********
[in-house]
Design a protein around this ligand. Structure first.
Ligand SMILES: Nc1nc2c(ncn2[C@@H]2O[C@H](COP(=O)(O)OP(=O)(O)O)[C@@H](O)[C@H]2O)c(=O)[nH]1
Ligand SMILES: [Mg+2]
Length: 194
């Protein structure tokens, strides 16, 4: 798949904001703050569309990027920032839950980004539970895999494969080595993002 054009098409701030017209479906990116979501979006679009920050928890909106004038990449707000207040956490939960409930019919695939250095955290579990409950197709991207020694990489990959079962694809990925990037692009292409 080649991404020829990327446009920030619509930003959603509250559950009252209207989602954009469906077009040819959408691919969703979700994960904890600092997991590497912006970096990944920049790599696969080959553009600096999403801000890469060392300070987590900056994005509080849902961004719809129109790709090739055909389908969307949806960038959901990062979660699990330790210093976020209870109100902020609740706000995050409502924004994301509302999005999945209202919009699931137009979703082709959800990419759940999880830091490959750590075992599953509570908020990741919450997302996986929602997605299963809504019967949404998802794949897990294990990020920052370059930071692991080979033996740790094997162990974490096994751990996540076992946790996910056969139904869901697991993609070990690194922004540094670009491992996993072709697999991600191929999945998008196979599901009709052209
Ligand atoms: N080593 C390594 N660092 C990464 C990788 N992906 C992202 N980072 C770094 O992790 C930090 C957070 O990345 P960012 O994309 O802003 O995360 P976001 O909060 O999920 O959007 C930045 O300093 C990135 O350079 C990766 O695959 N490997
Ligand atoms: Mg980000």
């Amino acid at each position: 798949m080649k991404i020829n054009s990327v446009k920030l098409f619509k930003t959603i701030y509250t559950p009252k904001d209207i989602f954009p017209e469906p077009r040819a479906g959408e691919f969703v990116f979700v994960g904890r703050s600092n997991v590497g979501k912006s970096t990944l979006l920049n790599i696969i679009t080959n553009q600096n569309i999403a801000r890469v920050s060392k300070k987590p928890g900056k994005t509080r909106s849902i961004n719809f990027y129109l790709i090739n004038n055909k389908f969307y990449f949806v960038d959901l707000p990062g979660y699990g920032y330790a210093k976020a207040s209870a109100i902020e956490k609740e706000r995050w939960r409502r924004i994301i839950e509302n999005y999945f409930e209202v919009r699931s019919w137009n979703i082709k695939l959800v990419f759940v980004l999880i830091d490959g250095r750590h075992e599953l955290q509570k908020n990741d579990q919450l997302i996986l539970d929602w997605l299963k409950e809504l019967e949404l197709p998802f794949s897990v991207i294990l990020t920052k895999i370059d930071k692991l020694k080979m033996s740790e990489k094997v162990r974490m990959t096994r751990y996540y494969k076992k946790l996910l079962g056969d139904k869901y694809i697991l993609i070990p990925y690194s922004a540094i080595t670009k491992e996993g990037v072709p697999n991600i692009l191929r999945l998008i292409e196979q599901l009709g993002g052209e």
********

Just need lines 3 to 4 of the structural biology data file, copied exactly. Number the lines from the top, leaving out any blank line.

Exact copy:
Ligand SMILES: Nc1nc2c(ncn2[C@@H]2O[C@H](COP(=O)(O)OP(=O)(O)O)[C@@H](O)[C@H]2O)c(=O)[nH]1
Ligand SMILES: [Mg+2]